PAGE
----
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Phase 3 Trial of Eptifibatide Evaluted in Early Use Acute Coronary Syndrome

CAMBRIDGE, Mass., and KENILWORTH, N.J., June 1 /PRNewswire-FirstCall/ -- Millennium Pharmaceuticals, Inc. and Schering-Plough Corporation today announced the initiation of a multicenter phase IIIb clinical trial to evaluate the benefit of INTEGRILIN when administered early to high-risk patients experiencing non-ST-segment elevation acute coronary syndrome. The trial, known as EARLY ACS (Early Glycoprotein IIb-IIIa Inhibition in Non-ST-segment Elevation Acute Coronary Syndrome: A Randomized, Placebo-Controlled Trial Evaluating the Clinical Benefits of Early Front-loaded Eptifibatide in the Treatment of Patients with Non-ST-segment Elevation Acute Coronary Syndrome) will evaluate the benefit of INTEGRILIN compared to placebo in reducing death and other major adverse cardiac events, including heart attack, within 96 hours and up to 30 days following randomization. EARLY ACS is designed to include 10,500 patients at 500 sites worldwide.

"This trial is a high priority for Millennium because evidence suggests that early intervention with a glycoprotein (GP) IIb-IIIa inhibitor such as INTEGRILIN -- as currently recommended by the ACC/AHA Guidelines -- can significantly reduce the high incidence of heart attack and in-hospital mortality," said Nancy Simonian, M.D., senior vice president, clinical development at Millennium. "We believe that this trial will provide further clinical evidence to support findings from the CRUSADE quality improvement initiative which to date suggest that adherence to the guidelines in the early stages of an adverse cardiac event can help save patients' lives," she added.

The EARLY ACS trial will evaluate the effectiveness of INTEGRILIN® (eptifibatide) Injection in an early use setting, when emergency room patients are diagnosed as being at high-risk for a heart attack or death and are scheduled to be managed with an invasive strategy (such as diagnostic catheterization, stent implantation, or coronary artery bypass graft (CABG) surgery) no sooner than the next calendar day. INTEGRILIN will be administered as a double bolus followed by infusion, and will be used in combination with other common antithrombotic therapies. This trial is designed to reflect current treatment guidelines and real world practice patterns and will also include a combination of biomarkers, including troponin levels, and other clinical features to characterize the benefits of INTEGRILIN in high-risk subgroups.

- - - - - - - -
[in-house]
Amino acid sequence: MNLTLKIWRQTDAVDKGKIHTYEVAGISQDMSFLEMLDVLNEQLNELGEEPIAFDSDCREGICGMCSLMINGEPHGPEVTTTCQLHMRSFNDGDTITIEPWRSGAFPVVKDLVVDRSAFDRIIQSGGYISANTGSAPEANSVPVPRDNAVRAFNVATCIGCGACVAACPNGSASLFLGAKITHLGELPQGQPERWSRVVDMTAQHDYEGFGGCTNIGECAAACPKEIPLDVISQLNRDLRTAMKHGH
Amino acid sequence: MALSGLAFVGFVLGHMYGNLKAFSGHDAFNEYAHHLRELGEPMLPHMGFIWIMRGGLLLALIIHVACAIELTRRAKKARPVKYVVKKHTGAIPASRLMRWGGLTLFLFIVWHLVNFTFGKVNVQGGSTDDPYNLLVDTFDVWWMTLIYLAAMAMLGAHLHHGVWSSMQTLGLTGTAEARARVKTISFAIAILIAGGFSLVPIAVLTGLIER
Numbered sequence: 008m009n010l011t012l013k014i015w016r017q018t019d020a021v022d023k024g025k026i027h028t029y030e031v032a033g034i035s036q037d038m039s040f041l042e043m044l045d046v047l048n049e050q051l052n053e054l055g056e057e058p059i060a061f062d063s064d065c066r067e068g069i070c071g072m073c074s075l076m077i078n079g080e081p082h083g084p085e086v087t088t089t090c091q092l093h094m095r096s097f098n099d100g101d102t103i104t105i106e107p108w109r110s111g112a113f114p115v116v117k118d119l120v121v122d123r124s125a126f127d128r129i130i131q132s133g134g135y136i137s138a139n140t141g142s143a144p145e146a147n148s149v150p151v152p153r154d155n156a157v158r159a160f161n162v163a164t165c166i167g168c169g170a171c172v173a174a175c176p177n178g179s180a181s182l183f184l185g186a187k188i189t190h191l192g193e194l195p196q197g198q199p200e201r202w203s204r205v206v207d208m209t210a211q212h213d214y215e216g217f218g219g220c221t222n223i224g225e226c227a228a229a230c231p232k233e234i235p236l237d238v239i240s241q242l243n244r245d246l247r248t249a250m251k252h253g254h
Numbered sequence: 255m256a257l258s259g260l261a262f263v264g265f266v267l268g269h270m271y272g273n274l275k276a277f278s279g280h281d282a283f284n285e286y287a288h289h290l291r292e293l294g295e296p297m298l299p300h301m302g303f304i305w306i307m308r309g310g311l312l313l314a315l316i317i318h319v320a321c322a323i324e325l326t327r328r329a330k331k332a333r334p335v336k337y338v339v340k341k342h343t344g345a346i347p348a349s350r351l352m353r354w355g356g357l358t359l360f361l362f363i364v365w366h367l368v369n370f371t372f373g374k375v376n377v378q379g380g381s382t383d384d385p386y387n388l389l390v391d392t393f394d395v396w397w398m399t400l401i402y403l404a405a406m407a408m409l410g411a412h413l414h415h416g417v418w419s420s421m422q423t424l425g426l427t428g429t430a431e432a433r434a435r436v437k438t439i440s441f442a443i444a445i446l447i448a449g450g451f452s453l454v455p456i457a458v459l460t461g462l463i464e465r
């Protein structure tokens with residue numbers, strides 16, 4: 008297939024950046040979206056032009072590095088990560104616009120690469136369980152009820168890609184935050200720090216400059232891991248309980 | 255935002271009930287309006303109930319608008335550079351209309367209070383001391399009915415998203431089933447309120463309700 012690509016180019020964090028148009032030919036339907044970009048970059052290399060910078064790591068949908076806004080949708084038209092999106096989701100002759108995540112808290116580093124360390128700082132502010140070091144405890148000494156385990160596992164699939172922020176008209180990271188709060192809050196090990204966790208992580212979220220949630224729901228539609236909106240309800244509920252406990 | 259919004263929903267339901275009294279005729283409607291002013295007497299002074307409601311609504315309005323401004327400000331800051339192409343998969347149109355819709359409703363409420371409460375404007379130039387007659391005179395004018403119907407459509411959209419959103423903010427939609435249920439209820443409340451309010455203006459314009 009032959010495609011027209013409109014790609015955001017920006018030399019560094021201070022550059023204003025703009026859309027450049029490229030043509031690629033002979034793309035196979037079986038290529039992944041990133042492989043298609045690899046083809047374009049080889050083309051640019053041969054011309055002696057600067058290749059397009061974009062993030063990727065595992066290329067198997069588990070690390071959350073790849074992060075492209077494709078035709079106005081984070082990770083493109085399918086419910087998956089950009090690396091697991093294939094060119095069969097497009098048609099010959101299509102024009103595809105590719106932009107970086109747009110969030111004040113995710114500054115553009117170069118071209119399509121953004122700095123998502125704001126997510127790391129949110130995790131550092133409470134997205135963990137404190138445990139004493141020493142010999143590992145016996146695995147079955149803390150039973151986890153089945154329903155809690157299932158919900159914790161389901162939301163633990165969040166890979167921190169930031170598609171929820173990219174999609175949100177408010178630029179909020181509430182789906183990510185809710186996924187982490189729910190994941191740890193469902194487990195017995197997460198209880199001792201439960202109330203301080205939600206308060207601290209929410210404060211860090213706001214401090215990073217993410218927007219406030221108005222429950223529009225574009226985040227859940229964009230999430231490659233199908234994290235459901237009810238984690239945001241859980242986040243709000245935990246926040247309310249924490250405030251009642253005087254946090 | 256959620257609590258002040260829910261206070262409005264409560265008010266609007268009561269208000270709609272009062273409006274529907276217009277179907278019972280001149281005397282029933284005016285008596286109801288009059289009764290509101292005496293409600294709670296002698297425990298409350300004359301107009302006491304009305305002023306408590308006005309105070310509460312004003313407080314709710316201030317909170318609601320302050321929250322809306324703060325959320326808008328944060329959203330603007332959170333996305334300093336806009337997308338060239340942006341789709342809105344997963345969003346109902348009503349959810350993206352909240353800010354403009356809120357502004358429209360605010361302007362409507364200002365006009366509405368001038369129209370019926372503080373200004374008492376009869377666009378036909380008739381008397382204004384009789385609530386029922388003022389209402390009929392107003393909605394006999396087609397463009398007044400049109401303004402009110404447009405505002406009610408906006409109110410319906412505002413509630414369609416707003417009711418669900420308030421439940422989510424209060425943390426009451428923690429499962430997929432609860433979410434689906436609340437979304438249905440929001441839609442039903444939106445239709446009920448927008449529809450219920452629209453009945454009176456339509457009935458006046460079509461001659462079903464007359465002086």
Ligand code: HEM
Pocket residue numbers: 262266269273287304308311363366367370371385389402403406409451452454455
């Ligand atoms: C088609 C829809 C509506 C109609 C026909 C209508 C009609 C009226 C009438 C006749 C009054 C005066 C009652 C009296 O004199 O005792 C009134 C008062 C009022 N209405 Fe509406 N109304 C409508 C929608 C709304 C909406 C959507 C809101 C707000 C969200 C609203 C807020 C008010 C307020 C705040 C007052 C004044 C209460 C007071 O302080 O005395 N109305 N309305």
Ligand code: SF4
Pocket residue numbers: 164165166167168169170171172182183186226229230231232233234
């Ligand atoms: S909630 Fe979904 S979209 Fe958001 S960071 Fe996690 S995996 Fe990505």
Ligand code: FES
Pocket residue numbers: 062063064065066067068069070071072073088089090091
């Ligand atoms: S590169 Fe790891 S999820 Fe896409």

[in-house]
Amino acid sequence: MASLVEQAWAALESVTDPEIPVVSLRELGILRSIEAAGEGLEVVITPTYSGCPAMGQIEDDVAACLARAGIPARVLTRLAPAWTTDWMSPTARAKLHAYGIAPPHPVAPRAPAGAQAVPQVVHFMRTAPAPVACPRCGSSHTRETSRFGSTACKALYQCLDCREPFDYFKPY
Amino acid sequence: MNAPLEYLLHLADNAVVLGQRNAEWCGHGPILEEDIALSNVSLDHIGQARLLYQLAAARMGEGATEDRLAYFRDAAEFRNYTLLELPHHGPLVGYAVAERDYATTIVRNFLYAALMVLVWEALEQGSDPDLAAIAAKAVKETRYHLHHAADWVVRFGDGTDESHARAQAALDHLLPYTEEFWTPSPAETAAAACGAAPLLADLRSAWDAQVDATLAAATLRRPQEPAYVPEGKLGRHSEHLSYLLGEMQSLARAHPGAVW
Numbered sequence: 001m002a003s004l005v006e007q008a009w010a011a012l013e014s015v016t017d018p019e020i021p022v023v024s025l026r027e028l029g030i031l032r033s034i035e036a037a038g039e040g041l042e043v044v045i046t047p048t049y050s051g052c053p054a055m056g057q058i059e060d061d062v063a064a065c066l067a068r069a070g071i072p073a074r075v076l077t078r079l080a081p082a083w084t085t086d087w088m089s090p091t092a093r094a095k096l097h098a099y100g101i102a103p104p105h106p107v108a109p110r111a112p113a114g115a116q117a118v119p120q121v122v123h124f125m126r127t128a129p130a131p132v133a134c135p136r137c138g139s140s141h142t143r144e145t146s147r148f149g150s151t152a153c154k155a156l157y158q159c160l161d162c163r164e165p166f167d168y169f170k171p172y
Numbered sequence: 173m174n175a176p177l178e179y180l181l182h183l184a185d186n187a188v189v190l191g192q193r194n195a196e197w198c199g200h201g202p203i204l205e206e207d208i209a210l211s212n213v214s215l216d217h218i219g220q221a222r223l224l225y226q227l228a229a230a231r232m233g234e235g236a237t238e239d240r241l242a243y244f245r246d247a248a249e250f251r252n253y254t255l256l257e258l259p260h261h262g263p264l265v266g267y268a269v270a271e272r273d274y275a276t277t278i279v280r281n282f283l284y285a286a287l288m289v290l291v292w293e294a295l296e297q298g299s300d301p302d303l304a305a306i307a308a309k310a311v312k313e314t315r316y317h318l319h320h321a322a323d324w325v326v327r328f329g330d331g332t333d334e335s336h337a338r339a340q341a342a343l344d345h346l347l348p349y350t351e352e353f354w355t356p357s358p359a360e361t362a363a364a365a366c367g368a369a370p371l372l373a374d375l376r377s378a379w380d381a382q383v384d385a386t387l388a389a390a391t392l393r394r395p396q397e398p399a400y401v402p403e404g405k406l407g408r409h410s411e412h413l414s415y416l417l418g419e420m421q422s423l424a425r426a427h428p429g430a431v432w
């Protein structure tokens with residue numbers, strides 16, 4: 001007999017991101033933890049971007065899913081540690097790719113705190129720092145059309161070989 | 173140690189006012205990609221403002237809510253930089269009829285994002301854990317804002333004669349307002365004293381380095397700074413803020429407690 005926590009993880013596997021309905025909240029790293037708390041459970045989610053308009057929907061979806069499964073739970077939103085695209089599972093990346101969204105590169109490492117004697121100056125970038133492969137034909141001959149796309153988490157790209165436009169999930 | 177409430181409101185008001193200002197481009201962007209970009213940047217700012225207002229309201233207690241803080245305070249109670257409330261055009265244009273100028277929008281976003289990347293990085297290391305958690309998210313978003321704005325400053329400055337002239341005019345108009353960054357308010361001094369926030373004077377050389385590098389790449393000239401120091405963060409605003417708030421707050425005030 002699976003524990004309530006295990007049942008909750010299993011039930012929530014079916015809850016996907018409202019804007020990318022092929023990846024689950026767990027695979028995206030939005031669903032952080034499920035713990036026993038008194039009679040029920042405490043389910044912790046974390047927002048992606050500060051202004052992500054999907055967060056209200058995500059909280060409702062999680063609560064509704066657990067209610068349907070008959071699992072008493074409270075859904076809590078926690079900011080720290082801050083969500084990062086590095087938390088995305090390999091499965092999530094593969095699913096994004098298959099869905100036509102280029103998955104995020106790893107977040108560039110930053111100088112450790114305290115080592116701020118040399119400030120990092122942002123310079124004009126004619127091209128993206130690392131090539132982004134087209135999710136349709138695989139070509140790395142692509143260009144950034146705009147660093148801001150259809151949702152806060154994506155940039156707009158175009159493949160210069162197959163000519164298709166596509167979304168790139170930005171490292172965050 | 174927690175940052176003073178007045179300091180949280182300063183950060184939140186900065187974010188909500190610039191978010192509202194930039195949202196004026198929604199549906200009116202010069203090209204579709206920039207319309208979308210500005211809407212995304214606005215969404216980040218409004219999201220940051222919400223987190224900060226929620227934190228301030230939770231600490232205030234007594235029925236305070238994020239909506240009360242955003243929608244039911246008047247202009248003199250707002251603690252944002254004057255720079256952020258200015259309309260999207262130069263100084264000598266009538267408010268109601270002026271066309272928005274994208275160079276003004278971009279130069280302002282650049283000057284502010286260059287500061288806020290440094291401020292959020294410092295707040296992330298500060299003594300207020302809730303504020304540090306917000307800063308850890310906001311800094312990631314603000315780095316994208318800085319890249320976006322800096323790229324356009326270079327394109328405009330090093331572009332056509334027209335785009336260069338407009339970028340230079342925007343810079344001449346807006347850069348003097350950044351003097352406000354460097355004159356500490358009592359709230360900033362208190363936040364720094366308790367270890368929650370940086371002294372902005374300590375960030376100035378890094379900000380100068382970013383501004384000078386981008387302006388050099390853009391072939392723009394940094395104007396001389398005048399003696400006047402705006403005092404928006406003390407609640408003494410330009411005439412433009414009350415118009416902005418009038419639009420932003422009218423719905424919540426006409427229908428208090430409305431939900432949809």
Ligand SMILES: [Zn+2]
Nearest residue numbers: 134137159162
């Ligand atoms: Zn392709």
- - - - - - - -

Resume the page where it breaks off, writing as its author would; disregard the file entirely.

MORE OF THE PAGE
"With the EARLY ACS trial, we seek to provide data that give clinicians real-world contemporaneous guidance that benefits patients," said Eugene Braunwald, M.D., Distinguished Hersey Professor of Medicine at the Harvard Medical School, chairman of the Thrombolysis and Myocardial Infarction (TIMI) Study Group at Brigham and Women's Hospital and study principal investigator.

"We are excited to be starting this important, company-sponsored trial which is a critical component of our growth strategy for INTEGRILIN as we believe there is significant market opportunity based on data that demonstrates patient benefit in the early use setting," said Arthur Hiller, senior vice president, sales and marketing at Millennium. "We are committed to exploring the full potential of INTEGRILIN in early use through the EARLY ACS trial and in other settings through a comprehensive, ongoing clinical development program."

To be eligible for the EARLY ACS study, patients must be experiencing symptoms of cardiac ischemia at rest with episodes lasting at least 10 minutes within 24 hours of randomization and must have at least two of the following characteristics:

-- Electrocardiogram (ECG) changes of acute ischemia; -- Elevated troponin; -- Aged 60 or older; and -- All patients must be able to be randomized within eight hours of presentation and scheduled to undergo invasive clinical management strategy no sooner than next calendar day.